I'm pretty familiar with Didymodon sinuosus now, and probably see it in the majority of tetrads I visit in SE Glamorgan, but have recently come across a couple of odd examples of what I think can only be this species.
The first was on limestone rubble in secondary woodland near Wenvoe garden centre on 22nd January. The plants were dry and shrivelled so I took a sample home to confirm the ID, and on moistening it became obvious that a couple of the older leaves had clusters of filamentous gemmae along the costa. I'm afraid the photos are not the best, see below.
I can't find any mention of gemmae in this species, except for a fairly recent reference to protonemal gemmae in Rare and Interesting No. 11. This reference also mentions that "Correns (1899) had reported gemmae from a Sussex plant in the late 1880s", but doesn't say whether these were protonemal or not. Has anyone else seen similar plants?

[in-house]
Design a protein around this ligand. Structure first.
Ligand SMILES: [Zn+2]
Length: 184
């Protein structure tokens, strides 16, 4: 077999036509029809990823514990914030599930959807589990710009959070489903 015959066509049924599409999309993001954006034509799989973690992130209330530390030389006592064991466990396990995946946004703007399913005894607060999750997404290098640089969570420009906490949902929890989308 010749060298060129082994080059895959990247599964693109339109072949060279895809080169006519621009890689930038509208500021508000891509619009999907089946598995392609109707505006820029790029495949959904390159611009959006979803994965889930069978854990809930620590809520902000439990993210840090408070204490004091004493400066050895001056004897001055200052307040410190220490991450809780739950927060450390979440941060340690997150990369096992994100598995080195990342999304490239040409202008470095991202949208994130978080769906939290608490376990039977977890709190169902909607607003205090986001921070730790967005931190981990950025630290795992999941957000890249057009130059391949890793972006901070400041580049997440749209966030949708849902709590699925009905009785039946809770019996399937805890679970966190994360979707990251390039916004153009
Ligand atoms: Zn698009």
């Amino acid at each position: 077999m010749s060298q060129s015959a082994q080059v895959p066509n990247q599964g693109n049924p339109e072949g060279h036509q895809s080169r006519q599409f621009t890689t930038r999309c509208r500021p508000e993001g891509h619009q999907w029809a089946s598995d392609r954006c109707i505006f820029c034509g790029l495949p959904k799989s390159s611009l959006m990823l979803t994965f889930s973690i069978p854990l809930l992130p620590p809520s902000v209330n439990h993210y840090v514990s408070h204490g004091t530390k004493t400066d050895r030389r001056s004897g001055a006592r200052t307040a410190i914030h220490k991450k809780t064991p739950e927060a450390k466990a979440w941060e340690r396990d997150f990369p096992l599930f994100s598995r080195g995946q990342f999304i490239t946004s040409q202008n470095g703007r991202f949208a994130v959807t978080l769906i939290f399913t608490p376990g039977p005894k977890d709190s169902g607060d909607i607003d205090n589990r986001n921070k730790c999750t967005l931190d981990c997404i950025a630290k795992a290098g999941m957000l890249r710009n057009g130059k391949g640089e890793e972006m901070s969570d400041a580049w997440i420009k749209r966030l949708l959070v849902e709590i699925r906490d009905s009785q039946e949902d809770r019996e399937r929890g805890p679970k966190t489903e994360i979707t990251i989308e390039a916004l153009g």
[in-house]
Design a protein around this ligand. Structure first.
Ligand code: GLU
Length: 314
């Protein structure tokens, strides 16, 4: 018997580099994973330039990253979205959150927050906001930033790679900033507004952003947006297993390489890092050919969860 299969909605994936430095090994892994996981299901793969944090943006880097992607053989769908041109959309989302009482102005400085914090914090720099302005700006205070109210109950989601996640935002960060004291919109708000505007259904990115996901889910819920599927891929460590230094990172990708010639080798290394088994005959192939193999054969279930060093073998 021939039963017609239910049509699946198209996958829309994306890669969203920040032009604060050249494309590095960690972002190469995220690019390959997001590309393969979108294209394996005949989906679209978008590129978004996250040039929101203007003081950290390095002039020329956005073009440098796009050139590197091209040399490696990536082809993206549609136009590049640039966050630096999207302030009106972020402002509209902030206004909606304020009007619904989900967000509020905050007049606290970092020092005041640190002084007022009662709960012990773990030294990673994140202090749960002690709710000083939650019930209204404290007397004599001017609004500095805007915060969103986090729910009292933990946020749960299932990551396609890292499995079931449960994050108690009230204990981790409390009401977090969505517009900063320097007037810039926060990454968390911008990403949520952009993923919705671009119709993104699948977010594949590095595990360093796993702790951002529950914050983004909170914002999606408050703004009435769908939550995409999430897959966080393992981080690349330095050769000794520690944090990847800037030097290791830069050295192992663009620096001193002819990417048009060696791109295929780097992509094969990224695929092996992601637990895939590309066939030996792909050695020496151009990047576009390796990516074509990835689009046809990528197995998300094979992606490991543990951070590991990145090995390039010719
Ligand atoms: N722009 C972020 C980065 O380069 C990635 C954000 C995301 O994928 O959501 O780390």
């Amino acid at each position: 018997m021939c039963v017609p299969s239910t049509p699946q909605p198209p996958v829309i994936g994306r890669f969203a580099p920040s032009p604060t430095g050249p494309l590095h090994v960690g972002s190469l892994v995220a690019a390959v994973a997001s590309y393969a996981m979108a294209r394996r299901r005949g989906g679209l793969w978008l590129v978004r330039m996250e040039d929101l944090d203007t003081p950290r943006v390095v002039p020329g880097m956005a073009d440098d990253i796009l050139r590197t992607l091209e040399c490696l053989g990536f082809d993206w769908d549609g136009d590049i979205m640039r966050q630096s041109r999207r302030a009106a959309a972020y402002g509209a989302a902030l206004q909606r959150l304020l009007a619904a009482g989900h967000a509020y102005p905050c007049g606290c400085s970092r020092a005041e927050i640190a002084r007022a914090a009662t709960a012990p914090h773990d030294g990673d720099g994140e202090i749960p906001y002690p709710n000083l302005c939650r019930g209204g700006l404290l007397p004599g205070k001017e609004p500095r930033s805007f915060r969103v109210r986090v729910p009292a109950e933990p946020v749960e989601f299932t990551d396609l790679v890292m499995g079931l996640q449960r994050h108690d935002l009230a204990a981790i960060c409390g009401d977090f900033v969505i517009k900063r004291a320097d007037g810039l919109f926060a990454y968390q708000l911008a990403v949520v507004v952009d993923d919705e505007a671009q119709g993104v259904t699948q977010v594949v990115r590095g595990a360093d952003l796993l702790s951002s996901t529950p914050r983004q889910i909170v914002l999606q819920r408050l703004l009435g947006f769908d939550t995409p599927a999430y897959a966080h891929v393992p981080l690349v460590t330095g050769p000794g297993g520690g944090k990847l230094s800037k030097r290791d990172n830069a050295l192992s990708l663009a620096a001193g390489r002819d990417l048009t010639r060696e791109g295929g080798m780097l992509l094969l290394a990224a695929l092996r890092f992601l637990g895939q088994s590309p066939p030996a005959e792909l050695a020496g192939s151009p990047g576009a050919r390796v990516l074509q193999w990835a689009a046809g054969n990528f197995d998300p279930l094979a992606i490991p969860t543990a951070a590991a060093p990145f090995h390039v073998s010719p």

The following day, I collected a very shiny-leaved sample from Llanilid Churchyard. I didn't even suspect this was D. sinuosus, which is usually much more opaque-looking, but having checked it microscopically I think it must be. The leaf cells are not at all papillose, even near the leaf tips, but otherwise they look spot on for D. sinuosus with their wavy, notched margins. Smith mentions that the cells are papillose in this species, which fits with the opaque plants I'm faimilar with. I guess this is just natural variation; many of the Didymodon species seem to vary in the degree of 'papillosity' of their cells.
Any comments welcome, thanks.